The immune system is a combination of organs and cells that protect the body from infection and other diseases by fighting harmful pathogens. The immune system includes white blood cells, lymph nodes, the spleen, bone marrow, and other organs and tissues.
TYPES OF LYMPHOCYTES
Lymphocytes are a type of immune cell that’s made in the bone marrow and found in the blood and in lymph tissue.
Three types of lymphocytes are B cells, T cells, and natural killer (NK) cells. Lymphocytes are also called white blood cells.
Help protect the body against bacteria and viruses by making antibodies that help the immune system recognize these pathogens and allow T cells to attack them.
The 2 major types of T cells are helper T cells and cytotoxic T cells. Helper cells assist other cells in the immune system. Cytotoxic T cells attack cells infected by pathogens.
NK cells are a type of immune cell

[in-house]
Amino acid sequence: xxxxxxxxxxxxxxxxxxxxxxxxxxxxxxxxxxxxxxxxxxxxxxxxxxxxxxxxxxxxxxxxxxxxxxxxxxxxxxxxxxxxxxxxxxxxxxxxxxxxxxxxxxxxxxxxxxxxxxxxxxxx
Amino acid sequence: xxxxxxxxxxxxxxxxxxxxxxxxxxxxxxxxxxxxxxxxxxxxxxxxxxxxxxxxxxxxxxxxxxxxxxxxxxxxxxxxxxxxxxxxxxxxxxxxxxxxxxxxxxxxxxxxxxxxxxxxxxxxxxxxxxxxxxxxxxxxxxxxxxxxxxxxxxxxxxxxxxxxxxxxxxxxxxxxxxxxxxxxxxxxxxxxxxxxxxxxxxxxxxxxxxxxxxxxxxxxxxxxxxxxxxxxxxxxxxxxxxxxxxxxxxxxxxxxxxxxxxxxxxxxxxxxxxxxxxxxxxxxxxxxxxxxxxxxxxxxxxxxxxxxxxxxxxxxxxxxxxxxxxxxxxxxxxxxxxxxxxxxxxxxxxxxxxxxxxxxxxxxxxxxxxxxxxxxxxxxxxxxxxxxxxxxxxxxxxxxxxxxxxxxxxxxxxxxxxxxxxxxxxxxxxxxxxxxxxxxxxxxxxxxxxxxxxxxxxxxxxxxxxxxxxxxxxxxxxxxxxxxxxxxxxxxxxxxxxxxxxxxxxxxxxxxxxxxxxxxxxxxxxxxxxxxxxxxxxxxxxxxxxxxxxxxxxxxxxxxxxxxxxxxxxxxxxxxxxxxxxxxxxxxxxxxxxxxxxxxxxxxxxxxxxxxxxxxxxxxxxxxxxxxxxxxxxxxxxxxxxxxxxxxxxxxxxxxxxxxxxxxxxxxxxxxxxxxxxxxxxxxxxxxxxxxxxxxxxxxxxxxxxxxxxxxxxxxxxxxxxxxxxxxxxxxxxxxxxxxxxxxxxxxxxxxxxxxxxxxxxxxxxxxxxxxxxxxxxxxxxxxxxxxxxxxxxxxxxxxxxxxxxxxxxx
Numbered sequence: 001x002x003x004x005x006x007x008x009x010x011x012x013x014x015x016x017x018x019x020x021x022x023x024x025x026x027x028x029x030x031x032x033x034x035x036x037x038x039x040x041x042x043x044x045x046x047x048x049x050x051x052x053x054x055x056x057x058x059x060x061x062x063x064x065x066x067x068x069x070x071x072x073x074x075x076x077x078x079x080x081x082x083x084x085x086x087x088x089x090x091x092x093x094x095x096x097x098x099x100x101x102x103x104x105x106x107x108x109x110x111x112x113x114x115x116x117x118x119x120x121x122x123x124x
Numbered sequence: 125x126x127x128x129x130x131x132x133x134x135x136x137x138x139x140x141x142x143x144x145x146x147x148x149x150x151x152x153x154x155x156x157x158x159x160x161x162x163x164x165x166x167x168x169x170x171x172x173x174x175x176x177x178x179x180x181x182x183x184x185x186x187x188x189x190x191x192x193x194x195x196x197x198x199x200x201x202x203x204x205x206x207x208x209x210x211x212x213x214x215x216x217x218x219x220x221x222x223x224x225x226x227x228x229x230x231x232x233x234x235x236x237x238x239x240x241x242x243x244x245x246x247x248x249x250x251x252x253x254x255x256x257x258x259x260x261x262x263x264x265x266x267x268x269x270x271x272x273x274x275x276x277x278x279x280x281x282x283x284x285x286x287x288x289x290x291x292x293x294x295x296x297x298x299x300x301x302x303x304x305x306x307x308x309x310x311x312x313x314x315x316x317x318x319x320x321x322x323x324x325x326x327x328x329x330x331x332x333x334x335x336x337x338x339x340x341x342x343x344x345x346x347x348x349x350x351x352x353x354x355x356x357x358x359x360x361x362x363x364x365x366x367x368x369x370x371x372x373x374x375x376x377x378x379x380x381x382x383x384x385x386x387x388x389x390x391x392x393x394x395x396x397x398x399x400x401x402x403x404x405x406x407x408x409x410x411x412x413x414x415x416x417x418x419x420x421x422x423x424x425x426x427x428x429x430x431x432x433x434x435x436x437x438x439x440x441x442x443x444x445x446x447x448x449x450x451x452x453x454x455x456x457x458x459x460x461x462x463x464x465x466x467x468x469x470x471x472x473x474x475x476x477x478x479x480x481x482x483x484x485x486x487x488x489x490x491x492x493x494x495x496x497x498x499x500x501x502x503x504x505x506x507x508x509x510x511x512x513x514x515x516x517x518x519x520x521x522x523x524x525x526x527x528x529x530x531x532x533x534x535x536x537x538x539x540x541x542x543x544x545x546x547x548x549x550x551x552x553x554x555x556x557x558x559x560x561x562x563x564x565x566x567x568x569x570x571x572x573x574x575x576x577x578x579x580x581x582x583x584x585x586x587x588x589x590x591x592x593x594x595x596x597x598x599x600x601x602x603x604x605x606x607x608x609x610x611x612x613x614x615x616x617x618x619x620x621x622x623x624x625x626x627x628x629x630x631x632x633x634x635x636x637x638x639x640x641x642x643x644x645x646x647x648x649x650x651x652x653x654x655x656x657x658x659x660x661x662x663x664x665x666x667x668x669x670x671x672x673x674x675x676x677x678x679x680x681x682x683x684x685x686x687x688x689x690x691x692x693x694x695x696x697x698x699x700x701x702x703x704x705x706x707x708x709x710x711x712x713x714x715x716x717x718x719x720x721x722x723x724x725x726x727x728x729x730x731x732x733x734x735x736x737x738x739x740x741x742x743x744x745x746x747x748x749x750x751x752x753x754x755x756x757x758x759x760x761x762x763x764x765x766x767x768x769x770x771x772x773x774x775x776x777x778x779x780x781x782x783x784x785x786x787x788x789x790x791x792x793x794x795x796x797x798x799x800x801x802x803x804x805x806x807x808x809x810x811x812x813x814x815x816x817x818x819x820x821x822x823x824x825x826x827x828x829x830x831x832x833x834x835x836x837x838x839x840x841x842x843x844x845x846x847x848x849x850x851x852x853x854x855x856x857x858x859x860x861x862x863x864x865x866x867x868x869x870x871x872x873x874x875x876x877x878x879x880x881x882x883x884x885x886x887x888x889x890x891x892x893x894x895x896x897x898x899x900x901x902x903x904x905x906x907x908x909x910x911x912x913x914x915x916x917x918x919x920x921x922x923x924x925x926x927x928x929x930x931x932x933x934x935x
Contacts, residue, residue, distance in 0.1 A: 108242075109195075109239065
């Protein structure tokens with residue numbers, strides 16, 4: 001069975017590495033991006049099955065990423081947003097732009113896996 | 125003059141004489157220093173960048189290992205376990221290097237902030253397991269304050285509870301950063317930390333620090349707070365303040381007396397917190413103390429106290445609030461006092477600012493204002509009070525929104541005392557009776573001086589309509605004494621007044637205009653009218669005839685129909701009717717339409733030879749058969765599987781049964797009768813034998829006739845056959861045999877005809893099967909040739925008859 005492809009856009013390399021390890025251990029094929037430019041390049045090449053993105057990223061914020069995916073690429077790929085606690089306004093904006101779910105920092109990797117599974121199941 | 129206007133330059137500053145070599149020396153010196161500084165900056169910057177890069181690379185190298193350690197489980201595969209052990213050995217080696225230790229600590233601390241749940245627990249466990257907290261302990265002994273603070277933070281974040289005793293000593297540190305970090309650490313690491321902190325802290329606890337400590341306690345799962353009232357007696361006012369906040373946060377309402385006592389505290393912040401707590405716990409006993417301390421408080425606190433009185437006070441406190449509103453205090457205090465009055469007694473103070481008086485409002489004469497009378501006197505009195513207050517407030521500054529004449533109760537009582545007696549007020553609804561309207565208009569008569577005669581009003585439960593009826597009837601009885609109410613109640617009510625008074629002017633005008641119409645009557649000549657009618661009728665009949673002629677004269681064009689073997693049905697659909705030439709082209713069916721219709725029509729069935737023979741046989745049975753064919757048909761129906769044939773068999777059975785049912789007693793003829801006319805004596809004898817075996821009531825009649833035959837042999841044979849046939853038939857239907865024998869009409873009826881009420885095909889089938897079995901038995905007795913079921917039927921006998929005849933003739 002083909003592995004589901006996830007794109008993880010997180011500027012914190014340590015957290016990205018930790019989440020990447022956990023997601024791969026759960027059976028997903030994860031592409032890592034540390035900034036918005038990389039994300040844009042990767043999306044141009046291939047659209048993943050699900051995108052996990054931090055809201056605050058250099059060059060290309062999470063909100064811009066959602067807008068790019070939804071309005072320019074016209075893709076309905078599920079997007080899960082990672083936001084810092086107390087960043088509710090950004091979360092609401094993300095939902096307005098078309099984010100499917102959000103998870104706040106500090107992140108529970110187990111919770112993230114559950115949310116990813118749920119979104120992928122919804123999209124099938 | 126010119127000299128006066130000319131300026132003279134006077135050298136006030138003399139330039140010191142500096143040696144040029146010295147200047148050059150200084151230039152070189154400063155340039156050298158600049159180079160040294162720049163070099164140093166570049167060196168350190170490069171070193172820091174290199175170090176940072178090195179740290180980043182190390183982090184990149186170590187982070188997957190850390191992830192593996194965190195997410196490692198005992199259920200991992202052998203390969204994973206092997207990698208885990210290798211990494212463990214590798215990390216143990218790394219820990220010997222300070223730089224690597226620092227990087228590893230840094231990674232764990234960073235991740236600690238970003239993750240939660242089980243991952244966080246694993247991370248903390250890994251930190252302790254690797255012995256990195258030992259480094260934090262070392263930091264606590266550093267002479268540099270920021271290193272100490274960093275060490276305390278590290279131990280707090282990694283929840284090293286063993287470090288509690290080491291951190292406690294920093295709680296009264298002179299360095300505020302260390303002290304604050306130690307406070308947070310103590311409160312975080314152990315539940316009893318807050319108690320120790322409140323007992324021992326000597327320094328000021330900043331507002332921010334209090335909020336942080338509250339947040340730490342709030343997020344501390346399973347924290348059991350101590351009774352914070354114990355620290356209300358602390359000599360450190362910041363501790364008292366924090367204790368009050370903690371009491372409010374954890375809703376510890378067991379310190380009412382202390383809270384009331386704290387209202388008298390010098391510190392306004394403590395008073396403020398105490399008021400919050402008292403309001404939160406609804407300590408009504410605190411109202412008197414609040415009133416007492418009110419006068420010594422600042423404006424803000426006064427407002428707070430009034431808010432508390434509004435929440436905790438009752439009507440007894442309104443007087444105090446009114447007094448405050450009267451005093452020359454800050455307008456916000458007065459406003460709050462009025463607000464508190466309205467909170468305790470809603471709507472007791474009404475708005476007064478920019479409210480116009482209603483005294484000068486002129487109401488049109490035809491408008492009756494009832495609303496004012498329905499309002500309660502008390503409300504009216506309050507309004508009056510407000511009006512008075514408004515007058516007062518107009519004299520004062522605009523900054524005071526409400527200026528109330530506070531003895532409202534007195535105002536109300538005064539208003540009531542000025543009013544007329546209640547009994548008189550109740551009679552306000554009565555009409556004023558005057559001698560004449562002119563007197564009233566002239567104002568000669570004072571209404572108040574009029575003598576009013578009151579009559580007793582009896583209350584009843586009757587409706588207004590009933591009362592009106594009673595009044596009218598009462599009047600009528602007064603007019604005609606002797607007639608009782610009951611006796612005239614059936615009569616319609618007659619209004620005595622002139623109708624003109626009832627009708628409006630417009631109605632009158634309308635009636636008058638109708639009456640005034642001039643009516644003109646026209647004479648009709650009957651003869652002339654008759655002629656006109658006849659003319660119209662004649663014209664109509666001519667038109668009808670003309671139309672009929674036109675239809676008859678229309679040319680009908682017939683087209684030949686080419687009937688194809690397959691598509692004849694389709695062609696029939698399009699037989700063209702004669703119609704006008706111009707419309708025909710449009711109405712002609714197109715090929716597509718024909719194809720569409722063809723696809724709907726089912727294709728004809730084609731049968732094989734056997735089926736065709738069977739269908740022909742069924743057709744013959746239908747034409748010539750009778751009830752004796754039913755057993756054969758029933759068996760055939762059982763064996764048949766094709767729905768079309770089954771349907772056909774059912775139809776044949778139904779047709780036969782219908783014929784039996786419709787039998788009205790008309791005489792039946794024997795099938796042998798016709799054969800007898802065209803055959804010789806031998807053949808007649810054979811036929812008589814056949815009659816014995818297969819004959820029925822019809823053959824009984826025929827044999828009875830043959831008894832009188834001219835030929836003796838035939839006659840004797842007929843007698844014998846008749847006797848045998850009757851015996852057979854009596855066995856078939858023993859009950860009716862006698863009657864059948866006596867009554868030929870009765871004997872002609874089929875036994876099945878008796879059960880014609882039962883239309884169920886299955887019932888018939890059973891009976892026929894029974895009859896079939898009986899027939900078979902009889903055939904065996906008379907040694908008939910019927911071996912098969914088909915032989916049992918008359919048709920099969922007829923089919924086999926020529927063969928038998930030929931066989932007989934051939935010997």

that attack tumor cells or
cells infected with a virus.
When the immune system is healthy, it protects the body not only from infection, but can also identify cancerous and/or precancerous cells and eliminate them before they can cause harm, in a process called immune surveillance. Immune cells responsible for attacking cancer cells include T cells and NK cells.
When the immune system doesn’t function optimally due to lymphoma, T cells and NK cells can fail to either detect or destroy the cancerous cells, including non-Hodgkin’s lymphoma (NHL) cells. Cancer cells also promote preferential growth of regulatory T cells, suppressing T cell activity and resulting in further immune dysfunction.